nd3000/Shutterstock
Source: nd3000/Shutterstock

It’s easy to take for granted the person you’re closest to and care about the most. The extreme familiarity that an intimate relationship carries with it means that you feel so comfortable with your partner that you don’t feel you have to put on any airs. These airs can sometimes be useful, however, if it means you give your partner the same courtesy you would to a stranger. You wouldn’t interrupt someone you don’t know very well, be critical, use coarse language, or be intrusive and interfering. You dress up if you’re going to be meeting someone for the first time, and attend to your grooming so you will be perceived in a socially acceptable manner. Why, then, do you think you can violate the social niceties with your partner?

Research on happy couples suggests that being able to show your true self does contribute to a good relationship as it reflects the closeness of your feelings. However, there may be boundaries to exactly how much you should throw aside the rules of social convention. For example, if you’re in a terrible mood because of something that happened at work, is it a good idea to let your frustrations out on your partner? If you spent all day stifling your anger toward your boss or coworkers, why is it then okay to vent all of that unpleasantness out on the person who you love, and who loves you? We can learn how to avoid these common traps thanks to the work of Western Carolina psychologist Andrew M. Carnes (2017), who investigated the role of work stress on satisfaction among married couples to explore the “boundary conditions” in which strain on the job would translate into marital conflict at home.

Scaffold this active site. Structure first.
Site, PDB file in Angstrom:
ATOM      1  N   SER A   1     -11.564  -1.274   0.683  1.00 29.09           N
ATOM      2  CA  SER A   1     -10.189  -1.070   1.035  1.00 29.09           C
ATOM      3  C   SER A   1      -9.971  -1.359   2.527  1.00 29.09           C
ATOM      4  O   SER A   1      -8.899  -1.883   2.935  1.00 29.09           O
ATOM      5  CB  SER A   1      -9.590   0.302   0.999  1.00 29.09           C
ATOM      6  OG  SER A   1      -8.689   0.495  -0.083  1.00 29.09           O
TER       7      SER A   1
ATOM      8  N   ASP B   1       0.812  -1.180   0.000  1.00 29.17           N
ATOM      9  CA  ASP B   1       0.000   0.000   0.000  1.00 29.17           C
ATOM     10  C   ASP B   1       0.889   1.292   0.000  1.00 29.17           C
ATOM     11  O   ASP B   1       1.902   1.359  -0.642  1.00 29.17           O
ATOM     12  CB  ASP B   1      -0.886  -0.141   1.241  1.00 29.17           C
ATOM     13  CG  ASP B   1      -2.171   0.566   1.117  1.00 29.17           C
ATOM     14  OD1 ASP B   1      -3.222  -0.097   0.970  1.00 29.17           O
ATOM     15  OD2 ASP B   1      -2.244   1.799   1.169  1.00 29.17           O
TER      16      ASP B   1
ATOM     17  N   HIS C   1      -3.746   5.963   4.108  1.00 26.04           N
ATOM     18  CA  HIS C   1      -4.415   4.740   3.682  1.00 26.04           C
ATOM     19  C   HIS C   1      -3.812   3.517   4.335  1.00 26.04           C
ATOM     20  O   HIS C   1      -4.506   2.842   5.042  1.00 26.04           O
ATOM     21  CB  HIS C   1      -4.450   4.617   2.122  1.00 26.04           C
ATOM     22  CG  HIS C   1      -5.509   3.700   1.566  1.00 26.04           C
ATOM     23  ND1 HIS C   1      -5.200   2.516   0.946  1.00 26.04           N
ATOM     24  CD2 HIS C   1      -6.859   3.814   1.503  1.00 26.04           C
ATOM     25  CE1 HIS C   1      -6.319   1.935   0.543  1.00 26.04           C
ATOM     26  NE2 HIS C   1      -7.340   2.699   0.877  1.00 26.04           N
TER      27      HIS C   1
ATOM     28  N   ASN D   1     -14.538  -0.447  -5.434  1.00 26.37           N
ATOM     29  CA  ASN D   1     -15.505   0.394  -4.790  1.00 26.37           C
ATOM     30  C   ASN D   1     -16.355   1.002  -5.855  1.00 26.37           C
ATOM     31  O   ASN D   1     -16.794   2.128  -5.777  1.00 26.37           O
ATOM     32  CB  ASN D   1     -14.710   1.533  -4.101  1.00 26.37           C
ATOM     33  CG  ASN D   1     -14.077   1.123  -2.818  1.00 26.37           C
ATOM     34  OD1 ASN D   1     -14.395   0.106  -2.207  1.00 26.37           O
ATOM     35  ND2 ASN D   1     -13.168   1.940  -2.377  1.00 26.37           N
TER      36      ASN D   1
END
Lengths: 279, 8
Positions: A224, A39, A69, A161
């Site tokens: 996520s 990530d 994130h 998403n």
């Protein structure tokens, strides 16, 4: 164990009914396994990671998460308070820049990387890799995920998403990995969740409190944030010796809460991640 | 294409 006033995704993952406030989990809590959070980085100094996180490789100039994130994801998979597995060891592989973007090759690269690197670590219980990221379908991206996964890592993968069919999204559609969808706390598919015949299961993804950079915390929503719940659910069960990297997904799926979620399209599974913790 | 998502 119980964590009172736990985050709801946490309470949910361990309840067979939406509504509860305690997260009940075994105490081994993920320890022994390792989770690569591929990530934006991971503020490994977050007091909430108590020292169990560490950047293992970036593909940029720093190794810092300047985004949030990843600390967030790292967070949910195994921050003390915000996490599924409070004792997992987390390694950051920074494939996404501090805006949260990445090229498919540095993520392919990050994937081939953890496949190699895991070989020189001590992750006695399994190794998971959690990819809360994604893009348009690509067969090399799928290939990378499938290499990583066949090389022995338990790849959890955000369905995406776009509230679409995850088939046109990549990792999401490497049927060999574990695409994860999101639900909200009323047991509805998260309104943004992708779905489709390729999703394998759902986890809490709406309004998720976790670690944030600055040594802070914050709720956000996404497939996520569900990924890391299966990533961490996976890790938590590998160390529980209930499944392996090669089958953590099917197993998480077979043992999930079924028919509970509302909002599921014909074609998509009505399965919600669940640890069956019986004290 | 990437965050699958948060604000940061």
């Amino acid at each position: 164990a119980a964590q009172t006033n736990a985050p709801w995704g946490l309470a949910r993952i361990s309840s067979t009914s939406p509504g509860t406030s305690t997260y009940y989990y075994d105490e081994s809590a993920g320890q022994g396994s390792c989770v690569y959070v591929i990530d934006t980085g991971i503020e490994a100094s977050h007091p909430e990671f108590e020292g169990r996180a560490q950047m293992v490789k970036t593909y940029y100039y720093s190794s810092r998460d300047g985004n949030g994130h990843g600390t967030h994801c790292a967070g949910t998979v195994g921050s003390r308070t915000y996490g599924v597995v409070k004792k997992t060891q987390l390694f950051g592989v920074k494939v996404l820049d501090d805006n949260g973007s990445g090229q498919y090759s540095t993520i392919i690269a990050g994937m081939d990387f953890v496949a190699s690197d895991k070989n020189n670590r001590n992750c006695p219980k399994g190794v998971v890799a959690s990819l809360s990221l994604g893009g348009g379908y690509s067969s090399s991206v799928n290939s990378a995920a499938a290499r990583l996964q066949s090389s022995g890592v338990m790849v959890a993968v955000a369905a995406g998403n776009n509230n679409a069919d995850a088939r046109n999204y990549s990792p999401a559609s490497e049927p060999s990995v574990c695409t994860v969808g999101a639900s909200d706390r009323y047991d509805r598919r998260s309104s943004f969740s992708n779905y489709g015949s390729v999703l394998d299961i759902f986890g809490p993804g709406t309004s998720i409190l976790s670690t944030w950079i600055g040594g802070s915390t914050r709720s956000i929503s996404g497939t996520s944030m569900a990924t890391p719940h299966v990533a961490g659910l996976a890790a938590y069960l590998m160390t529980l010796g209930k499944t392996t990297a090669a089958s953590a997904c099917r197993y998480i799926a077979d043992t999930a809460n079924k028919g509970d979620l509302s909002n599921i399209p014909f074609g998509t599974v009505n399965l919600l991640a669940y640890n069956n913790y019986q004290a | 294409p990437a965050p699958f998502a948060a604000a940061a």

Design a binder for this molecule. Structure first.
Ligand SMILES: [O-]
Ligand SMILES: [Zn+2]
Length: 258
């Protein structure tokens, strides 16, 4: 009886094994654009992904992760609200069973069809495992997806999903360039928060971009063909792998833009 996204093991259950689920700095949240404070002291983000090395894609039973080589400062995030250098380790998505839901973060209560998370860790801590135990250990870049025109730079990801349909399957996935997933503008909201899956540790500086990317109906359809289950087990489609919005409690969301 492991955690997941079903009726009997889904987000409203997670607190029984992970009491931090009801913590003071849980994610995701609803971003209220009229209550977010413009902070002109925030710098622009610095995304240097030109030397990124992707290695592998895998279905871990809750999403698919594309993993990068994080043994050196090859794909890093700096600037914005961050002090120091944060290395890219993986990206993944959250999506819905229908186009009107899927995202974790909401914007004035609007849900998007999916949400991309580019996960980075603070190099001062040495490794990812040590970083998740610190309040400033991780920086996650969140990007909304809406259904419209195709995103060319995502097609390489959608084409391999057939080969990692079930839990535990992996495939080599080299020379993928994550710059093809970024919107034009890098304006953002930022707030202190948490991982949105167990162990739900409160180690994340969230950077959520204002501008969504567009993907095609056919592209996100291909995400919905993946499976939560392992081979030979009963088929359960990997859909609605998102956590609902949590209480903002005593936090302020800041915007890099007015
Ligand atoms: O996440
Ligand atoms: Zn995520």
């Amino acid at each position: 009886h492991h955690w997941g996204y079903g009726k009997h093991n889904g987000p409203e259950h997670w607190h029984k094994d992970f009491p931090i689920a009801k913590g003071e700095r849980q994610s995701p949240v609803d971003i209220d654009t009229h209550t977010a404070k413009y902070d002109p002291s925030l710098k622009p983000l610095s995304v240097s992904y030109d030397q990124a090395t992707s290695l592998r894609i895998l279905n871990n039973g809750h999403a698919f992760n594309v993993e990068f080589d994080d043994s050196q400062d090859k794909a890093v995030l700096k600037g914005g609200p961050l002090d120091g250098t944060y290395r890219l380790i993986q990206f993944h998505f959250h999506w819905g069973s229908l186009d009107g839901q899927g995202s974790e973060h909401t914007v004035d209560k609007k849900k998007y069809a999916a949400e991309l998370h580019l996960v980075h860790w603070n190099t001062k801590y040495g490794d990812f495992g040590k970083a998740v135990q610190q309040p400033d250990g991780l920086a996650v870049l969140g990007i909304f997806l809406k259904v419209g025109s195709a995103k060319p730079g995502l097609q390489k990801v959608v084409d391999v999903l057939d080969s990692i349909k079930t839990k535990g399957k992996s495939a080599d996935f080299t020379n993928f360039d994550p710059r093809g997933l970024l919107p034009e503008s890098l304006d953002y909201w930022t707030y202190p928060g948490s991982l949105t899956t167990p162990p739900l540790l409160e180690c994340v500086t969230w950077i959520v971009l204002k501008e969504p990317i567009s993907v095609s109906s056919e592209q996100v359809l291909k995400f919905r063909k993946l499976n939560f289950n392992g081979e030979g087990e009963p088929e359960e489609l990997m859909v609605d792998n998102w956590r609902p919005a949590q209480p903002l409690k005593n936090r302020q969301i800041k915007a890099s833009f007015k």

In the Carnes investigation, 139 working couples completed measures of marital satisfaction, ability to cope with stressors, amount of family-work role conflict, and degree of perceived role overload. Additionally, they completed a measure of “political skill,” or the extent to which an individual knows how to navigate social relationships. As defined in this study, political skill consists of networking ability, social astuteness, ability to influence others, and being able to appear sincere. Carnes found that political skill played a role in helping to alleviate the stress associated with work-family conflict, particularly for men in relation to their wives. Thus, treating your partner with as much savvy as you treat your coworkers, or others in general, seems to be beneficial in managing this key area of a couple’s relationship.

We can use the Carnes study's findings as the basis for these 10 tips on how to be a nicer person with the person you love the most:

1. Make an effort to understand your partner’s needs.

Political skill, as shown by Carnes, helps men, at least, get along better with their partners insofar as conflict can detract from a couple’s satisfaction. Taking a page from the political skills playbook means that you look at your relationship with your partner as worth your time and energy.

2. Respect your partner’s boundaries.

You would never intrusively ask an acquaintance to share highly personal details. Your partner may have some areas that he or she wishes to keep private. Don’t go where you’re not invited.

3. Be courteous.

There is no reason to be rude or crass with your partner, even though you feel that you can be “yourself.” Maintain at least some of the social graces with your partner that you would when you’re out of the house, including table manners and overall demeanor.

4. Be careful with the words you use.